<div id="wordpress"><a href="" title="go to Steve's wordpress blog"><img src="http://stevekimforag.com/test/img/wp.jpg" width="52" height="50" alt="wordpress logo"/></a></div>

hi again. yeah i think everything should be ok if i use .png images like i should have from the very beginning. sorry for that.

i do have one question that i am VERY curious about. you said to minimize the use of RP. however, the styling you provided went as follows:

#navi ul {
list-style: none;
position: relative;
/* margin-top: 120px; */
top: 127px;
margin-left: 147px;
#volun {
position: relative;
top: 219px;
margin-left: 287px;

i see that you are still using RP for the “top” part. i tried to actually take out relative positioning all together and used a “margin-top” instead of “top”, but in the case of the “#navi ul” it was actually making the entire page start farther down and put the navi on top of the main background image. i was curious as to why “margin-top” doesn’t work in this situation and why I had to go with RP “top:”

thanks again for all the great help.


I didn’t change the top relative positioning because you had used it in loads of places and if I changed one then all the others would have to be changed as well so I left it alone :slight_smile: This is the danger of relative positioning and if you had used margins/padding to make space instead then all other elements should follow naturally without having to change them all.

The problem you mention in using margin-top for the first element is one of collapsing margins and the margin-top you apply to .navi collapses and becomes the margin on the container above and pushes the whole page down rather than just the nav.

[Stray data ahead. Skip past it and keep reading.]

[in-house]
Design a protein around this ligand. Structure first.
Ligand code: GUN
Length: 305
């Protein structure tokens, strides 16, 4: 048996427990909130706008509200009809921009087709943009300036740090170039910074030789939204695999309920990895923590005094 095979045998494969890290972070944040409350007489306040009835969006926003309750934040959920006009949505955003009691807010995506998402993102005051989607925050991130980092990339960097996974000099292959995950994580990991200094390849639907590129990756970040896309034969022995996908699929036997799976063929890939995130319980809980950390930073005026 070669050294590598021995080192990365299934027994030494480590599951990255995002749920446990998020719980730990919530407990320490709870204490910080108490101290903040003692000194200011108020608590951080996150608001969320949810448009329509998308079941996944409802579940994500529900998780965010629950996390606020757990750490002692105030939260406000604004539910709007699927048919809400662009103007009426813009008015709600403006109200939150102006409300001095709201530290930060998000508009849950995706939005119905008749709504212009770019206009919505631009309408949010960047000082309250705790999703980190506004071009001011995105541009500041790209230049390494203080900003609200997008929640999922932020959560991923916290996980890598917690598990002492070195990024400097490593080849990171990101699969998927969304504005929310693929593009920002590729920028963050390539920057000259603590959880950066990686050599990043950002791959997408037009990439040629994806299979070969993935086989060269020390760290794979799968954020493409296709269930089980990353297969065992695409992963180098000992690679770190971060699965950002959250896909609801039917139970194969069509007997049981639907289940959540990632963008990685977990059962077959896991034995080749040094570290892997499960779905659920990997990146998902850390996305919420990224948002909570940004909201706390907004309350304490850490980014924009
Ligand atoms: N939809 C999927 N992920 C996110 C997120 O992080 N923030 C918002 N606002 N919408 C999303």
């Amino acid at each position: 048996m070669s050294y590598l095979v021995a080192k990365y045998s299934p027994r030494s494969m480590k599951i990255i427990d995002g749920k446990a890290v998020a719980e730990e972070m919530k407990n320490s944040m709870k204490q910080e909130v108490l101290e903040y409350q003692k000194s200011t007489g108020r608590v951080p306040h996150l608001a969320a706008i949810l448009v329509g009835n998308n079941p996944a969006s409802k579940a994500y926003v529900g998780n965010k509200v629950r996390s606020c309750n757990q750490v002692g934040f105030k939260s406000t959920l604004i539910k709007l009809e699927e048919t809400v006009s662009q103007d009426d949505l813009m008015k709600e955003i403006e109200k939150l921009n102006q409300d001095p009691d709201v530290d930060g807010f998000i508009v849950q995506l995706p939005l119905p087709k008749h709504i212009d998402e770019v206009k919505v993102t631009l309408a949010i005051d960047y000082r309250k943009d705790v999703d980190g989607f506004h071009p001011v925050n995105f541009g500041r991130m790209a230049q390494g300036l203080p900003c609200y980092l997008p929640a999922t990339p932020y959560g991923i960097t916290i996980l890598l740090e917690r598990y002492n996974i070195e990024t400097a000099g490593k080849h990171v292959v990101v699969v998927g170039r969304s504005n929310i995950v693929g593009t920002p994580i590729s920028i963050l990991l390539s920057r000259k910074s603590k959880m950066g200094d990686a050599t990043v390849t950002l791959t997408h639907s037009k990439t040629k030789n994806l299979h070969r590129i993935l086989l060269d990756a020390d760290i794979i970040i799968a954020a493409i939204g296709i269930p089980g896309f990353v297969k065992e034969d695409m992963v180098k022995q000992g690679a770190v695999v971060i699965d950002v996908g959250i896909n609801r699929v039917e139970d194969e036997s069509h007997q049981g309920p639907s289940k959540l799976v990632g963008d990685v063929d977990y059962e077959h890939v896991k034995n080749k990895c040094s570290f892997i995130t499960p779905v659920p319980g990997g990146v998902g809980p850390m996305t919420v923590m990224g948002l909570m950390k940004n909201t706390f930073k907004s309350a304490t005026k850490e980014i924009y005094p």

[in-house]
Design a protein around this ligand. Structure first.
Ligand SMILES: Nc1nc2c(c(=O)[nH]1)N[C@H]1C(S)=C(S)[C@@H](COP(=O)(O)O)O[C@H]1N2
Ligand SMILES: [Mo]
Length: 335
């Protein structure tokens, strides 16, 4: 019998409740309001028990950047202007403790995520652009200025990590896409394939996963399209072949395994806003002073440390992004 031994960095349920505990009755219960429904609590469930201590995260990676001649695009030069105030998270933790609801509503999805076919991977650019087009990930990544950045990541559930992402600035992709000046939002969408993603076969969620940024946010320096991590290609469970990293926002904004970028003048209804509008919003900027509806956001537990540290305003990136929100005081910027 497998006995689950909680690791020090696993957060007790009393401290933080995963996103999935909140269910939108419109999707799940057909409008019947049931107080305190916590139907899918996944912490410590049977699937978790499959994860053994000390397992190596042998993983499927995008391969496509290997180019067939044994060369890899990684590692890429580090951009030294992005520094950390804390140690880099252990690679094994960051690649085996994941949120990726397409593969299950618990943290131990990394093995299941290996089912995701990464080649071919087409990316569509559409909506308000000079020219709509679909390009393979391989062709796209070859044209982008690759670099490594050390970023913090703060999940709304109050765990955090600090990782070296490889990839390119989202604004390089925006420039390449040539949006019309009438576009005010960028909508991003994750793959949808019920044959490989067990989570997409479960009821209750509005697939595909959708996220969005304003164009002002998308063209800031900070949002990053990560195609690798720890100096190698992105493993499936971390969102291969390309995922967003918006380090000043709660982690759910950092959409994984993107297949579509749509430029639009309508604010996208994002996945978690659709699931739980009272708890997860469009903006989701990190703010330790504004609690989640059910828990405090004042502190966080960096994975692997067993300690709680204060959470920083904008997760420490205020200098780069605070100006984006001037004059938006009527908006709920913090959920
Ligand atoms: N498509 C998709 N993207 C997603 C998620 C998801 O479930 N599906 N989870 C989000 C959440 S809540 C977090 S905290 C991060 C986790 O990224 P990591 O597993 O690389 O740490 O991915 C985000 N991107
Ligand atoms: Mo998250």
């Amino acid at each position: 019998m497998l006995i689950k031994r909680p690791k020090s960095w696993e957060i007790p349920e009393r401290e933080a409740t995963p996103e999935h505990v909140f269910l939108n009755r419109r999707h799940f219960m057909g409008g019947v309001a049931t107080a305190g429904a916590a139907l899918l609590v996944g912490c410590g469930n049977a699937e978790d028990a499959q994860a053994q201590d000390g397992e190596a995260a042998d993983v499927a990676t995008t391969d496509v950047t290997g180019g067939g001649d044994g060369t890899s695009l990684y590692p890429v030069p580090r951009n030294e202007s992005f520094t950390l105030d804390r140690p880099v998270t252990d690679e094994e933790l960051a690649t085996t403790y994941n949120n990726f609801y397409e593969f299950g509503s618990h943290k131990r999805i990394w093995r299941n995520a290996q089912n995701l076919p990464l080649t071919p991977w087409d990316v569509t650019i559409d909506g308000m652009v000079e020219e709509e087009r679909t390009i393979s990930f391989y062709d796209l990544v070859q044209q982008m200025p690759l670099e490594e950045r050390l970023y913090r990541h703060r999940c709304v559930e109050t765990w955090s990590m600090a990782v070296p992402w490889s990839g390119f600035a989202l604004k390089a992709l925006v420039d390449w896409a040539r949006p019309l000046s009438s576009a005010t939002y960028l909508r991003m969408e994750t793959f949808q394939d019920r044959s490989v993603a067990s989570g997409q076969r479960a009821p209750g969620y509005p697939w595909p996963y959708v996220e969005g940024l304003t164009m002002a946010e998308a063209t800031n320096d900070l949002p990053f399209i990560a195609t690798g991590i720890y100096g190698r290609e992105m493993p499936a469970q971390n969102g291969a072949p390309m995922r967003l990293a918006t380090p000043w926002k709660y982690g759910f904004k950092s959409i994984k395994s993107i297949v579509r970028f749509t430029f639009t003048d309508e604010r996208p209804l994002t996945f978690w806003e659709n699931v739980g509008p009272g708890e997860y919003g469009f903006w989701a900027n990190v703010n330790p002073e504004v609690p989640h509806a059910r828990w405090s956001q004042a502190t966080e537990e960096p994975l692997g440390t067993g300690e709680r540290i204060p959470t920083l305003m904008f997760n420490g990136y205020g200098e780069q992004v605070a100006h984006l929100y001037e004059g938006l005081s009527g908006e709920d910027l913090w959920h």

This is the way collapsing margins work and although un-intuitive at first there are good reasons for it. You can avoid margin collapse by ensuring that the element above has some padding (or a border if the design allows) to stop the margin collapsing through.


i did what you said and put a 1px padding on “Content”:

Content {
padding: 1px;
width: 960px;
height: 673px;
background: url(img/bckgnd.jpg) top left no-repeat;

then positioned “#navi ul”:

#navi ul {
list-style: none;
margin-top: 127px;
margin-left: 149px;

it worked great! however, do you agree that this is ok to do? the 1px padding on Content or is there a more professional way? i don’t want to look like the amateur that i am… lol :lol:

Sometimes when I know there’ll be margin collapse like that, I see if I can do it the other way around (and sometimes I can’t): top-padding on the container box instead of top margin on the first child.

When that doesn’t work, sometimes I’ve used a 1px white border (if the background for everything was white anyway) or, if I didn’t want to see even 1 px of padding and didn’t want a solid border colour, I could always get away with an invisible border: I didn’t know how to get this to work in IE6 until Paul had a quiz about it.

border: 1px dashed transparent;
the “dashed” makes it work in IE6 too.

So yeah, you’ll see professionals using 1px either border or padding… or there are a few other ways… sometimes people will take a box who’s 100% wide already and they’ll just float it (floats’ margins aren’t supposed to collapse. except sometimes they do in IE arg) or other creative things.

again, great stuff. thanks everyone.